Summary / conclusion: A lot of the problem issues around supply chain and logistics are abating for Walmart (and not just Walmart) thus the results in calendar ’24 should be cleaner, but let’s continue to watch margins and cash-flow in the next few quarters.
An interesting read for blog readers who are interested in the Walmart – Amazon steel cage match, is “Winner Sells All” a book about Walmart’s evolution into e-commerce by Jason Del Rey. I enjoy these type of reads (halfway through Winner Sells All) since it provides background and context as well as a look into a company’s culture, that are difficult to be gleaned from Wall Street research reports.
Jason takes a look at Walmart’s evolution into and around e-commerce (Jet.com) and the fact is Walmart was very late to the party, but Amazon has not found an effective grocery answer with Amazon Fresh, so as long as Walmart’s revenue remains heavily tilted towards grocery, their $665 billion in annual revenue seems safe to a large degree. In one article written for www.seekingalpha.com in the last few years I noted how Amazon’s total revenue is now closing in on Walmart’s annual revenue (WMT’s $665 billion for fiscal ’25 vs Amazon’s expected $709 billion in calendar 2025) but AMZN’s “online store” revenue is just $225 billion of Amazon’s trailing-twelve-month (TTM) revenue of $554 billion or just 50% of the total.
Walmart’s grocery market share is really a fortress in terms of it’s “moat” or susceptibility to disruption. You’d think AMZN would have made better inroads into that segment by now, but they haven’t. I was thinking too of the Kroger – Albertson’s merger. You’d have to think that is being driven to try and compete with Walmart in grocery and retain whatever market share Kroger has currently.
Clients own more Walmart (WMT) today than they have in the last 10 years, but I can’t tell readers that the stock won’t be down $5 – $10 on Thursday morning. There is a lot of moving parts to a retailer that size, and the stock is bumping against all-time-highs. WMT is a secular single-digit EPS and revenue growth, with revenue likely around mid-single-digits, and EPS potentially in high single-digits or low teens.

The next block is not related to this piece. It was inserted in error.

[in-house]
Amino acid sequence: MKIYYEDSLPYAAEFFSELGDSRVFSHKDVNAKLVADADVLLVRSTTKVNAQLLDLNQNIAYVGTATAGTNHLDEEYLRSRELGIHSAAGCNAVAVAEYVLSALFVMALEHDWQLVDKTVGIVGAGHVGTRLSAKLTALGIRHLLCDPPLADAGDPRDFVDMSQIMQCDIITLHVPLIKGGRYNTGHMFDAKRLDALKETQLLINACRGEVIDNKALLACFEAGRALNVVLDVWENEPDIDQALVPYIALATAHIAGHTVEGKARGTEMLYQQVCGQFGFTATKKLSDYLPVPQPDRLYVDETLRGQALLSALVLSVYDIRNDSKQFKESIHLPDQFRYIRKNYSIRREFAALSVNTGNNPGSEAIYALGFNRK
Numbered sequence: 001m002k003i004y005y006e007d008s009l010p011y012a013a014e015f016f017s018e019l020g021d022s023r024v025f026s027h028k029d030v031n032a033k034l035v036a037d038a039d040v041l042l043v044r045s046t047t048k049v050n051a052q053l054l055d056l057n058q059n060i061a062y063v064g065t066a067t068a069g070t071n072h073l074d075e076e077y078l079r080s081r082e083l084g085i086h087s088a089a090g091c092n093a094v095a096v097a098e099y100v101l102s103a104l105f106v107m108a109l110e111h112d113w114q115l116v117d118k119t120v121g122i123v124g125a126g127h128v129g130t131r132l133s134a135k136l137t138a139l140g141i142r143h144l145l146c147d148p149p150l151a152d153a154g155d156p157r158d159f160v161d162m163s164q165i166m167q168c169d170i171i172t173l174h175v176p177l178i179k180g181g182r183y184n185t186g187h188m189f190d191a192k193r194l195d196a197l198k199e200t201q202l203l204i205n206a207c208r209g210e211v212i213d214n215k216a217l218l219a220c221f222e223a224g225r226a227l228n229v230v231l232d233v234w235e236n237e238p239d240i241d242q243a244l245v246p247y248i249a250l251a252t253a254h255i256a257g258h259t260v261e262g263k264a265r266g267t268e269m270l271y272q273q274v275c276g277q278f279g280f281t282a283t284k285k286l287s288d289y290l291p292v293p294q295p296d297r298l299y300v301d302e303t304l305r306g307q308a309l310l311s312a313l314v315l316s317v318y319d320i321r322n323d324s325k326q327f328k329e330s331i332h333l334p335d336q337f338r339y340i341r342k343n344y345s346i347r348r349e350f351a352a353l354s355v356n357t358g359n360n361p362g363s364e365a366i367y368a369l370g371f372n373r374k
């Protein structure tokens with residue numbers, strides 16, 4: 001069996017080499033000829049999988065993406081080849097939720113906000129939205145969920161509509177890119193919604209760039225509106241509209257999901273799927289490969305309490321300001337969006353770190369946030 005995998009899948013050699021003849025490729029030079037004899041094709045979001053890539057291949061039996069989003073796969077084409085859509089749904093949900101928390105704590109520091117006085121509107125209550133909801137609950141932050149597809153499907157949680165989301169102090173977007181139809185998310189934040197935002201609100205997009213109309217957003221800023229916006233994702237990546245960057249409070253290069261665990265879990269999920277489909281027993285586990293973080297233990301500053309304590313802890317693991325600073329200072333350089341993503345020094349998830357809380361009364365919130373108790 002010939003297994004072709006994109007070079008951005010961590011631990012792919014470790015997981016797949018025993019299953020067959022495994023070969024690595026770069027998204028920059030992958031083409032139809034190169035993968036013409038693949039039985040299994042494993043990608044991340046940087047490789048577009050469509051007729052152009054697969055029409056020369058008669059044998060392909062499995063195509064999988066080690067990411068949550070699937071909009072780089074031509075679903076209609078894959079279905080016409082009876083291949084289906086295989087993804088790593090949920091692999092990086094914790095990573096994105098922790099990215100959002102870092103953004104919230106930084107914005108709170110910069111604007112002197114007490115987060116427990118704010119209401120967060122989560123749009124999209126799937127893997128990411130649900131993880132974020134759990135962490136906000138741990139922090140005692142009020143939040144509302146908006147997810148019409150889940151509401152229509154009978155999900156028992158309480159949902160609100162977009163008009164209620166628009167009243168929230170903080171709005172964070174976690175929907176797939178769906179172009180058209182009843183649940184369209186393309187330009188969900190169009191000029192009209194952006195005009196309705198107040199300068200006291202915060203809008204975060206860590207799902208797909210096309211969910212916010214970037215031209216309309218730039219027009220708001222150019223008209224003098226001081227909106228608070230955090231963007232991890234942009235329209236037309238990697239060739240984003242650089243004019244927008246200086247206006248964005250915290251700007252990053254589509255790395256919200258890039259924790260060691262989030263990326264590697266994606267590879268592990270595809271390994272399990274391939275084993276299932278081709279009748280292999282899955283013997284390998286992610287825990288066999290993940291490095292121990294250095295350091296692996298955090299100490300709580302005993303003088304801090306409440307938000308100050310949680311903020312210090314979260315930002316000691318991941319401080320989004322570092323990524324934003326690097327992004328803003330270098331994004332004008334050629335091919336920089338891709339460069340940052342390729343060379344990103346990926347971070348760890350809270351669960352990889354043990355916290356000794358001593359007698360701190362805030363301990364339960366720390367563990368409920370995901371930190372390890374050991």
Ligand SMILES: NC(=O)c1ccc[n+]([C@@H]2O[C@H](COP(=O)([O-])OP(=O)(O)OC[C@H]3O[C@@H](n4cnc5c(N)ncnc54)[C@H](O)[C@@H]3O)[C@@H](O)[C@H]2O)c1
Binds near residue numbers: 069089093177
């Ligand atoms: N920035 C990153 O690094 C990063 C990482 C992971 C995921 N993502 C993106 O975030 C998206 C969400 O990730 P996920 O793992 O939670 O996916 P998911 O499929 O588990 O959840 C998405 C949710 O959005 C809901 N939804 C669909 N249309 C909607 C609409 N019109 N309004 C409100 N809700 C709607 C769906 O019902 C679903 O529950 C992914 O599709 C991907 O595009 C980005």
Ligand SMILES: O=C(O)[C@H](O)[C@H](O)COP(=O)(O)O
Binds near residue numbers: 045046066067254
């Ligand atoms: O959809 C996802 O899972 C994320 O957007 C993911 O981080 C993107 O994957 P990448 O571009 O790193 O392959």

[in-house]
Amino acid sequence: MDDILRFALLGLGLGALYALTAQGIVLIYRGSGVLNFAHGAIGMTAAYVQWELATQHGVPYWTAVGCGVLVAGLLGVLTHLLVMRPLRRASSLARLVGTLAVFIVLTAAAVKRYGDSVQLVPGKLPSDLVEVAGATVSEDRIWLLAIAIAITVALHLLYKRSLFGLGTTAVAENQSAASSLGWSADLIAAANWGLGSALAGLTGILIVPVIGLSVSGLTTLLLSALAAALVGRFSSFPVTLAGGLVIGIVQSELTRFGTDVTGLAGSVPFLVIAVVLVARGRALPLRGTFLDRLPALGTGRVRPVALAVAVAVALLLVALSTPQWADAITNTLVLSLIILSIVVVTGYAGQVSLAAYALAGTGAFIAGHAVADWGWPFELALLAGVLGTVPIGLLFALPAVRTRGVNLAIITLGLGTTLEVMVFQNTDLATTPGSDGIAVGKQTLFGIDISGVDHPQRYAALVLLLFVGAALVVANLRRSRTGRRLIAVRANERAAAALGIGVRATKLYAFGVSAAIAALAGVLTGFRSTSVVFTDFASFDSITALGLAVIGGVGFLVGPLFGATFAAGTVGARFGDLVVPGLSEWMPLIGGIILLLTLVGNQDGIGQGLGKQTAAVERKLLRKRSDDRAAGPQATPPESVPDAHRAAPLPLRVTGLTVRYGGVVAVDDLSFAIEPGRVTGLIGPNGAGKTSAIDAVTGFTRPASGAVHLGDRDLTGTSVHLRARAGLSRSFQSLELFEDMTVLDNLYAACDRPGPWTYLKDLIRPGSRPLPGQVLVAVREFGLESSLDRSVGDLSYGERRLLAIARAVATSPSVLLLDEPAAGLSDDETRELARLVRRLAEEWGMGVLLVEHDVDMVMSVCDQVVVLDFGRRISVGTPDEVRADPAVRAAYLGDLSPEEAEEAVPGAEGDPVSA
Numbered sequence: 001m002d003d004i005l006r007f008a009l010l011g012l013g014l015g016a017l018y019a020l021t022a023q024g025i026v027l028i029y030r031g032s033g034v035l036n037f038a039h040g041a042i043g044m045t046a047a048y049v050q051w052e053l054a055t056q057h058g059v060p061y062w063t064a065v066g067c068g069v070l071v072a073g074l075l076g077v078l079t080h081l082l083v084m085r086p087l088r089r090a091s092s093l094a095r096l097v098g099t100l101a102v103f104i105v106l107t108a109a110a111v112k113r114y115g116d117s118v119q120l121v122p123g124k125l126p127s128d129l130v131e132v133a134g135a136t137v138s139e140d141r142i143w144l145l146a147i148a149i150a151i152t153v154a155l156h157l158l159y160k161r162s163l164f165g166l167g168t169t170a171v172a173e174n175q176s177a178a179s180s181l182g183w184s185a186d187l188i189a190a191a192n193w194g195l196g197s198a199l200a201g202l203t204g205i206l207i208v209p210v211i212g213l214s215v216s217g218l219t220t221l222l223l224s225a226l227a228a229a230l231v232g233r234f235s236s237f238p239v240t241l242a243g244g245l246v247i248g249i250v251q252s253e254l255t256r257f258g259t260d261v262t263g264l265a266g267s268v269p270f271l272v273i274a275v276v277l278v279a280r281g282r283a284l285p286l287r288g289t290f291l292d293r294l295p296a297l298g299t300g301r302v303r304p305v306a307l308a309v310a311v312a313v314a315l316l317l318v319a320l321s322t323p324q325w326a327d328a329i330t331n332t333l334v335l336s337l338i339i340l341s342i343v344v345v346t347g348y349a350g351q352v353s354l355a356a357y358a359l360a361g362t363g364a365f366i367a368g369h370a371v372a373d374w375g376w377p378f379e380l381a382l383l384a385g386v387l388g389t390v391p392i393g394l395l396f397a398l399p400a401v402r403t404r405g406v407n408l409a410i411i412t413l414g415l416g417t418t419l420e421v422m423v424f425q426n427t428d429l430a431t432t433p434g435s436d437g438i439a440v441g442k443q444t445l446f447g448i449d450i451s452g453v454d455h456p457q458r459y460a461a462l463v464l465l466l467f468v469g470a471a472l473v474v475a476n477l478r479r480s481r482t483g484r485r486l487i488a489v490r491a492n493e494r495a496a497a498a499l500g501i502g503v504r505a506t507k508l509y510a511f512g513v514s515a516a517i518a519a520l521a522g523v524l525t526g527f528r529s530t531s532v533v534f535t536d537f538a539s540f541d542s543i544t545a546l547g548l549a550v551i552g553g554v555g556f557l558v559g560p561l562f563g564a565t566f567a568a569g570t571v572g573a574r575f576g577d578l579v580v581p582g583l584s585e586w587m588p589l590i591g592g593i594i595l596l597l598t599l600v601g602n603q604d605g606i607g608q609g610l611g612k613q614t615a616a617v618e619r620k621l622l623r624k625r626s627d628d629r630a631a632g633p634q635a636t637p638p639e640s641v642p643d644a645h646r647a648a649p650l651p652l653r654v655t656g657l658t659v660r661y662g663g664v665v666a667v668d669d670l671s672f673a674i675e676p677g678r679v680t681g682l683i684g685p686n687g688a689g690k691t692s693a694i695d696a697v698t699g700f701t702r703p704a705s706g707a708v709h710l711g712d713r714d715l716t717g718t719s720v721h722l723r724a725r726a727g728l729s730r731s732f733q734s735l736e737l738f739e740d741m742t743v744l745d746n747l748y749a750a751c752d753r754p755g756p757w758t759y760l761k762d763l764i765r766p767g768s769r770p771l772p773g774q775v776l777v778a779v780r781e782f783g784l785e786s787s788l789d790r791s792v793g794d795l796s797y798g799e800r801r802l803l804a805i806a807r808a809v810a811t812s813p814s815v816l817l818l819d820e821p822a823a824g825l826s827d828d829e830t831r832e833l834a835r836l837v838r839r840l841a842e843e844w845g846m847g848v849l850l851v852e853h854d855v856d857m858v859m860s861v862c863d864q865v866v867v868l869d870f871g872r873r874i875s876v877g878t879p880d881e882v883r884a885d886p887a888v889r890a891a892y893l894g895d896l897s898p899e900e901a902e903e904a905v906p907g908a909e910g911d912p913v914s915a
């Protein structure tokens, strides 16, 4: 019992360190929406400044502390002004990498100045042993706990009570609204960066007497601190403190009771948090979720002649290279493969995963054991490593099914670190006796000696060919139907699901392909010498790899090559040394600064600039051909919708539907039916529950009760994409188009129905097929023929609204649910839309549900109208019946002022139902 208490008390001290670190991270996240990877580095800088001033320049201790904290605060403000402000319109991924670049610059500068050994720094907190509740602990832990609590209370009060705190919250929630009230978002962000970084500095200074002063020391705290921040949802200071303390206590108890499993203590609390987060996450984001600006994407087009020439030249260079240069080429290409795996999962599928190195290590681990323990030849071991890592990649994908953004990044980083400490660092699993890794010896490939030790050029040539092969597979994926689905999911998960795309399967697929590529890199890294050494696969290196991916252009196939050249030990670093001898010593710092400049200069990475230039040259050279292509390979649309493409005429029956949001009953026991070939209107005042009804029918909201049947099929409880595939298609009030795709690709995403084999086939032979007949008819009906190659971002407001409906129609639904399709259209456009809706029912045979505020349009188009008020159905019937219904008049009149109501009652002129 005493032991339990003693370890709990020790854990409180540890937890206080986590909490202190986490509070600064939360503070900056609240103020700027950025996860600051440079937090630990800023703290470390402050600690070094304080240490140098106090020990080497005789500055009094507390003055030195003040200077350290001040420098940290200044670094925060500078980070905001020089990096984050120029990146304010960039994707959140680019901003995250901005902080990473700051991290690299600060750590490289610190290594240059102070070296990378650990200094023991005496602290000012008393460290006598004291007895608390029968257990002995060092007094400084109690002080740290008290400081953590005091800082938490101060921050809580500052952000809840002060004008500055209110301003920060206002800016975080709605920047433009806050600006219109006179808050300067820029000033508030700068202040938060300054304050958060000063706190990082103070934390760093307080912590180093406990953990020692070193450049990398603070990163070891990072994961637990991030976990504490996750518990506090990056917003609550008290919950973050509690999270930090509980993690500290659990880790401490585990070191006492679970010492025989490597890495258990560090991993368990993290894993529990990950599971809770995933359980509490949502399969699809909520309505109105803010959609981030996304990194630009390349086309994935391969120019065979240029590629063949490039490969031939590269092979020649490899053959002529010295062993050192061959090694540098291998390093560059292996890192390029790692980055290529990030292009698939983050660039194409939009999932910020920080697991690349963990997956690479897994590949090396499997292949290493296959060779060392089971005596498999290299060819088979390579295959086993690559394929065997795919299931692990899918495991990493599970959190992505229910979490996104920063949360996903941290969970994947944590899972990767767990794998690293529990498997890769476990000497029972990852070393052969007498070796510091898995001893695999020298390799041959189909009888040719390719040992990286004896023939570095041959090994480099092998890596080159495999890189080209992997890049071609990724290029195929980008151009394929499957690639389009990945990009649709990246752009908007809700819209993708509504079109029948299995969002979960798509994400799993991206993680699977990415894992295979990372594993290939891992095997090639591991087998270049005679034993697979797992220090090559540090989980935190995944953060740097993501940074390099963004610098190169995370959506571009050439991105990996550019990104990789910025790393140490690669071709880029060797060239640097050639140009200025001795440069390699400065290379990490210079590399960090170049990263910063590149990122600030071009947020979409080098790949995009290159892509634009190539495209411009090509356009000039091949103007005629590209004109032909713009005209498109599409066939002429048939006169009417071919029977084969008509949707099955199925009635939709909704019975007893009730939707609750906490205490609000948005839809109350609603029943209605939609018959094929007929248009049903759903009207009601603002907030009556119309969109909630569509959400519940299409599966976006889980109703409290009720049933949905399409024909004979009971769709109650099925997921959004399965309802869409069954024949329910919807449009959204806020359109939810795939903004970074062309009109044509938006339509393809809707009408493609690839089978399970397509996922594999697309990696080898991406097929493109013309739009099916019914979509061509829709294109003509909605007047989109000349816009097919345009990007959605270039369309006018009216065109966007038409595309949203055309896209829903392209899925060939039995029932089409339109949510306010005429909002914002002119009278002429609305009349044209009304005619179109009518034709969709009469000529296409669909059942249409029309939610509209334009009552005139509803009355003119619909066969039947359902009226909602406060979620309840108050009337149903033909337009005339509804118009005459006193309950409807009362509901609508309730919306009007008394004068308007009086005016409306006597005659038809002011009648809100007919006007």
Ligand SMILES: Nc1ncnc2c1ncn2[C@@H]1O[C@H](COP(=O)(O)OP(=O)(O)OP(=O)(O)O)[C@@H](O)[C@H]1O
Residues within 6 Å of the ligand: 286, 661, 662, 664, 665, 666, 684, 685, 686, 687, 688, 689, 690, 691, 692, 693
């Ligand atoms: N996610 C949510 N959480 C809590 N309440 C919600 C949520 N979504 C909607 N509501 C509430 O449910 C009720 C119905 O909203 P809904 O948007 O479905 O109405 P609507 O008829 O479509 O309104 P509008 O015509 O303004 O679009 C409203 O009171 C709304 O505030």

The supply chain and AI initiatives should drive margin gains – the question is timing.
The stock looks expensive trading at 23x forward EPS (3 year avg) for expected 5% EPS growth the next 3 years, driven by expected 4% revenue growth. Walmart on a price-to-sales basis remains a cheaper metric at 0.62x TTM revenue, while the cash-flow valuation at 11x and 22x cash-flow and free-cash-flow looks cheaper than the PE.
Walmart’s cash-flow per share valuation is usually about half it’s PE valuation.
The stock isn’t cheap, but like many consumer staples stocks, it never looks attractive on a valuation basis.
Still with so much attention paid to large and mega-cap tech and “disruption” and “technology moats” Sam Walton and Walmart are one of America’s original disruptors. With $665 billion in revenue and expected to grow, Walmart remains one of America’s fortress companies.
None of this is advice or recommendation. Past performance is no guarantee of future results. I could very well be wrong. (All EPS and revenue data sourced from IBES data by Refinitiv.)
Thanks for reading.